Years ago, Dr. Bruce Ware wrote an excellent book titled, Their God is Too Small, in response to the false teaching of open theism. Open theism denies God’s omniscience and immutability. Like all false teaching, it “downsizes” the greatness and worth of God. It attempts to make God smaller and more “palatable” for the sinful, self-centered human heart. In the end, it also undermines confidence in God and praise and worship of God.
One should pause and wonder: Is the God we teach in our homes and Sunday school classrooms too small? Do we sometimes, without even intending to, make God smaller than He has revealed Himself to be? Are we giving our children something akin to a Happy Meal version of God?
These types of questions were what first motivated us to produce resources for the local church. The glorious majesty of God being preached from the pulpit was, at times and unintentionally, being down-sized in the children’s Sunday school classrooms. As our pastor preached big truths about God from texts such as Acts 17:25, “nor is he served by human hands, as though he needed anything, since he himself gives to all mankind life and breath and everything,” we were teaching children that Jesus needed helpers. Ouch!
Hence, here is one of the distinctions we are committed to promoting at Children Desiring God:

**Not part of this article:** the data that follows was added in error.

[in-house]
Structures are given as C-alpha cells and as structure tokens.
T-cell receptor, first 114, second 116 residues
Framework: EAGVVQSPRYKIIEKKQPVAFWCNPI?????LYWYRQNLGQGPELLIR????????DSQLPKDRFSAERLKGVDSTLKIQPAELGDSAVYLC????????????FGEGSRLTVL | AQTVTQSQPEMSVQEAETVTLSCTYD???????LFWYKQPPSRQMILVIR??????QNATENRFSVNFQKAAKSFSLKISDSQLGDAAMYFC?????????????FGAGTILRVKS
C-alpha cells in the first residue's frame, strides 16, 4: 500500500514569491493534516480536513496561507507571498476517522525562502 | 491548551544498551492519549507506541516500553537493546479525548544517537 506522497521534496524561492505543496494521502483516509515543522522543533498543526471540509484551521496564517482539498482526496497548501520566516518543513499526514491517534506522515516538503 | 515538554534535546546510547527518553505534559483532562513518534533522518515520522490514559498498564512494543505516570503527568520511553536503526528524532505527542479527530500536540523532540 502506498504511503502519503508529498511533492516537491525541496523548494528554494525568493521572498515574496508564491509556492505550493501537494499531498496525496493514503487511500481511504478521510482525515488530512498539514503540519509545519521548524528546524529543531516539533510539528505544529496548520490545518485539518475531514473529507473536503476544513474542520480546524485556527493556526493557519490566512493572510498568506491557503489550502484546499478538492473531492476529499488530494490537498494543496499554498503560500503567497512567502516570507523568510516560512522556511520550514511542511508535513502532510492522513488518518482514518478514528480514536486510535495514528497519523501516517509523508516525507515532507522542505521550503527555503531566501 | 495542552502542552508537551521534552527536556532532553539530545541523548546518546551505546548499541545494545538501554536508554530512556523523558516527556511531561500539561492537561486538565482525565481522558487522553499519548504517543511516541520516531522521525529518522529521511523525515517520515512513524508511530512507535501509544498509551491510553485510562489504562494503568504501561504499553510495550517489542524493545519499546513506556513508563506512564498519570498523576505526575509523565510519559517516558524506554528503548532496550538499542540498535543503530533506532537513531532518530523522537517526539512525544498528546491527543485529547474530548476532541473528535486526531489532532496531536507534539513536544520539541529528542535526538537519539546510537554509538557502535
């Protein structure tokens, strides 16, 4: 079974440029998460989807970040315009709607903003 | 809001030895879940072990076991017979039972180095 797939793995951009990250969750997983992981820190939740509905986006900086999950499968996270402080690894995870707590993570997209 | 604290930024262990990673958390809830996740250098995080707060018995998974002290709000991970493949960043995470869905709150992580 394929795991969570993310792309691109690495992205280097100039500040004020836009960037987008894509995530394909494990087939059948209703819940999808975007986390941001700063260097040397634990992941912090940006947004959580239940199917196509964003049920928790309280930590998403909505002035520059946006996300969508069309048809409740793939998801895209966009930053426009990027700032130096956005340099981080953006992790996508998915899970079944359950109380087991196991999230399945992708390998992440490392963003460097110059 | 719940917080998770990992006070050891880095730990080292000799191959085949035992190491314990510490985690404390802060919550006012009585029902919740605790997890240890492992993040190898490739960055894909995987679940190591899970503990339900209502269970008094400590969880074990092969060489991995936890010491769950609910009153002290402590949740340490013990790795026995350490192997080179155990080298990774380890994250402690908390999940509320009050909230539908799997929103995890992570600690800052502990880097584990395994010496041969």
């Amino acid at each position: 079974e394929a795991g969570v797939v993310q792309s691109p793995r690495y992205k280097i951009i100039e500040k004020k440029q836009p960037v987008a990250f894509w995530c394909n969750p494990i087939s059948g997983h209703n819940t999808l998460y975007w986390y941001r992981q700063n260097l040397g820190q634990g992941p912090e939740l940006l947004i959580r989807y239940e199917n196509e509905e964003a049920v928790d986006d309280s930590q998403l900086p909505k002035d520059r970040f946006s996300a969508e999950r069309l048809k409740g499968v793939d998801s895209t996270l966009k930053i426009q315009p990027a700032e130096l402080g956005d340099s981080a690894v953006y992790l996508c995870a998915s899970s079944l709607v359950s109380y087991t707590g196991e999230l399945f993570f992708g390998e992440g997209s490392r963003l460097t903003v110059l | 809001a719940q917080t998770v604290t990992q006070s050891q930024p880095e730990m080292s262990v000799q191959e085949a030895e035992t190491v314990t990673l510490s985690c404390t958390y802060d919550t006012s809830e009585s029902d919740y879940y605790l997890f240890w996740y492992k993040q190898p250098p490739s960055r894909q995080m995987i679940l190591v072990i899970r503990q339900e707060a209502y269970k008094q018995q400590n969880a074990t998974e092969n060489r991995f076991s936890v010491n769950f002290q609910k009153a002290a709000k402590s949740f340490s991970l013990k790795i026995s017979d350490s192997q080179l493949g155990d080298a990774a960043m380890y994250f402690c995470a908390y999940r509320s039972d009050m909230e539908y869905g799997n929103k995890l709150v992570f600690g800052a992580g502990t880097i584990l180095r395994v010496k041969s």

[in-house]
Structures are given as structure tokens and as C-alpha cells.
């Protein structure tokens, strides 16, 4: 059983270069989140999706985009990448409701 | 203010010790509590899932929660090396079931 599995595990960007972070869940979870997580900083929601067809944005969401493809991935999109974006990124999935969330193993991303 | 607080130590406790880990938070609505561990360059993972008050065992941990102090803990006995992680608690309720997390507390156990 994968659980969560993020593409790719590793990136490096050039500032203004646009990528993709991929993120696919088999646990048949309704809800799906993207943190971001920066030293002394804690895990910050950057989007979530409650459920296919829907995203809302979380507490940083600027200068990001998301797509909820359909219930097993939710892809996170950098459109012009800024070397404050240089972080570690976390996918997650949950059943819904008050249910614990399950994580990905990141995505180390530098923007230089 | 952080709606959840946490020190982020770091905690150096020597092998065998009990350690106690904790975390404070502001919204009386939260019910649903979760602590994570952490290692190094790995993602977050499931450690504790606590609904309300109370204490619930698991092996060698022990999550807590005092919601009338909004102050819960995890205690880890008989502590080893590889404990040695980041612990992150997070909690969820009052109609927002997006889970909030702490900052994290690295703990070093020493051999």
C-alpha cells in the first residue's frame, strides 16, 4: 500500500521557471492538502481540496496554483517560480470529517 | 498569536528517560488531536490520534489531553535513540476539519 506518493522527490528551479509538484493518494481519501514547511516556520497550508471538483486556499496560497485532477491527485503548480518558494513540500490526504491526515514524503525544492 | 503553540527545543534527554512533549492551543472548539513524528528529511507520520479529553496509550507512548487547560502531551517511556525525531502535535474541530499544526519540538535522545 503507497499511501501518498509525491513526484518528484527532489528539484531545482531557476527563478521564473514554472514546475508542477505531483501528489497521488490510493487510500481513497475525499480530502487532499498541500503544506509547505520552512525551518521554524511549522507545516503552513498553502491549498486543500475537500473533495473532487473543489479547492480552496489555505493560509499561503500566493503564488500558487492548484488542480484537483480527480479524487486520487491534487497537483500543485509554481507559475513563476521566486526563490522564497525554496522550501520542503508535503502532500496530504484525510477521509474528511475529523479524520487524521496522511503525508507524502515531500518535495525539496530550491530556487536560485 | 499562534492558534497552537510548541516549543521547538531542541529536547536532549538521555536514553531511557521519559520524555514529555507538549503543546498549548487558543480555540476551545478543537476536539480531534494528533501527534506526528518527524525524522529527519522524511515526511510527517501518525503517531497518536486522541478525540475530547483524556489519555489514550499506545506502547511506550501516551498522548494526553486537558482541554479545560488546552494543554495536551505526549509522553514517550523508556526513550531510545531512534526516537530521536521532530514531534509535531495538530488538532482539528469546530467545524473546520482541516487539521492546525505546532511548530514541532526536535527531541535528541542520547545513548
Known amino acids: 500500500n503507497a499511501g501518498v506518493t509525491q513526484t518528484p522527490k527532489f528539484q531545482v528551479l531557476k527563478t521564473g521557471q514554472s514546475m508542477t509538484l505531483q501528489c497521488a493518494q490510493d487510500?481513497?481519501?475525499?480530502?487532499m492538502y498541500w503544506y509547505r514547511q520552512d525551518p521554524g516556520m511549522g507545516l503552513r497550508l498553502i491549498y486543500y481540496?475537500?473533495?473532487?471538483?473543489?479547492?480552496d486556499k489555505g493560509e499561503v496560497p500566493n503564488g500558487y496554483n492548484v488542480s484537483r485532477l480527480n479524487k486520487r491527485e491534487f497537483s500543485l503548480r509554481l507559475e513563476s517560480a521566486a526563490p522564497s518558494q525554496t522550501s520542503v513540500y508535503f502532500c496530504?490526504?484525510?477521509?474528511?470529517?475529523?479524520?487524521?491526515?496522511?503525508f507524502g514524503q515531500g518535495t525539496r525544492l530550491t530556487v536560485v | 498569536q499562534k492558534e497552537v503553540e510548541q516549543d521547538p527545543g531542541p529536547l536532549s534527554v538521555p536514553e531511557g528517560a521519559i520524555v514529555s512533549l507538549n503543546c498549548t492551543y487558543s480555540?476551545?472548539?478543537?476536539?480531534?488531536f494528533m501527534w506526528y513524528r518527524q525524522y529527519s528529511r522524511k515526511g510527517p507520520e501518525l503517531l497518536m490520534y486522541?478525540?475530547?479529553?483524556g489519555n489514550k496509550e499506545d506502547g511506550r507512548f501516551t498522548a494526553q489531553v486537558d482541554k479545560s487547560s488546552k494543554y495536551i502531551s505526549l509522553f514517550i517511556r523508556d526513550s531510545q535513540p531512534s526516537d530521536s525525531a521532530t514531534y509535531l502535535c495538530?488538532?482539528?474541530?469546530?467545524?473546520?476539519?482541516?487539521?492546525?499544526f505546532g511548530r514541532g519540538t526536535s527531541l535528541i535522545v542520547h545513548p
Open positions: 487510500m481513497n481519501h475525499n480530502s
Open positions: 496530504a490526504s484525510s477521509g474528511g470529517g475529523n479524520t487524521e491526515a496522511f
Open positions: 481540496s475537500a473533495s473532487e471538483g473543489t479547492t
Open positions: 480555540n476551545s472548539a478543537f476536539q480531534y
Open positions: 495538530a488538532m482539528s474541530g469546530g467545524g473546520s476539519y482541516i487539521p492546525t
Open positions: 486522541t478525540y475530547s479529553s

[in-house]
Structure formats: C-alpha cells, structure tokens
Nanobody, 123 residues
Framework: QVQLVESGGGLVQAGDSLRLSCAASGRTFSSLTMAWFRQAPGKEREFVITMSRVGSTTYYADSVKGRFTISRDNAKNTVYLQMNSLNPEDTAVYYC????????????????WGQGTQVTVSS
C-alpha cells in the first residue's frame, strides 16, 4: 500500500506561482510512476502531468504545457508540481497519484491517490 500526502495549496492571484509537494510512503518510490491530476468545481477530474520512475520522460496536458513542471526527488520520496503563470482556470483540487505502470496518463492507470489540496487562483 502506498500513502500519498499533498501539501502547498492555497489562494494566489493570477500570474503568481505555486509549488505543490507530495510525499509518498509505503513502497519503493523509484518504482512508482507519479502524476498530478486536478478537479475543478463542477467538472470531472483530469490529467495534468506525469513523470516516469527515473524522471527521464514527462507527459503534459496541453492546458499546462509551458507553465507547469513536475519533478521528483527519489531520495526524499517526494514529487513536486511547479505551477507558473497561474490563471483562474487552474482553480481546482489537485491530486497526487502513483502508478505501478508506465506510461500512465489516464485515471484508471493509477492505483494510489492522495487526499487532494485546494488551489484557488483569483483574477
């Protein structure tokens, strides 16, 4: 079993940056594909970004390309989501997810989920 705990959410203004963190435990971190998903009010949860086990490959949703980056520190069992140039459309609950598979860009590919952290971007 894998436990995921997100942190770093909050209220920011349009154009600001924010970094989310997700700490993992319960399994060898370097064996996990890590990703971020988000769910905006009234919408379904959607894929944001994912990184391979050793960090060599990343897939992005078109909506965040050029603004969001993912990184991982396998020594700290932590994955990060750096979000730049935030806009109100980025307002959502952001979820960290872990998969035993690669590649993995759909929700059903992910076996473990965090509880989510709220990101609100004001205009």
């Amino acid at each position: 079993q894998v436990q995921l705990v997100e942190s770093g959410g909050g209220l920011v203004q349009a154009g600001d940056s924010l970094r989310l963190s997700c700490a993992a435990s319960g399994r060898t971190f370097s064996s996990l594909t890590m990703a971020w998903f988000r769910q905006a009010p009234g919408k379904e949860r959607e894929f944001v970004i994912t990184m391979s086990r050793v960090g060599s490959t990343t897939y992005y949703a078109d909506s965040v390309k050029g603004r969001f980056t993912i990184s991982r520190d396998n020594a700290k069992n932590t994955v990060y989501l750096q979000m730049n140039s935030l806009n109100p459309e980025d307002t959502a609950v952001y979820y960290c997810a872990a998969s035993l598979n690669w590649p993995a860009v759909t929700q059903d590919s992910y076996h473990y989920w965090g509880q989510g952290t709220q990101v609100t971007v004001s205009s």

A Big Vision of God
Our curricula aims to acquaint children with the incomparable majesty of the triune God by digging deep into His divine character as revealed throughout Scripture. We believe that children should be taught the beauty and grandeur of His manifold perfections. In completing our scope and sequence, children will have learned and explored, with increasing depth, more than 20 distinct attributes of God.
Carefully examine the curricula and resources you use. Observe what is being taught in the classrooms from preschool to high school. By the time your children and students reach adulthood will they know and understand what it means that God is…
- Blessed (happy)
- Self-existent and self-sufficient
- Spirit (invisible)
- Unchanging (immutable)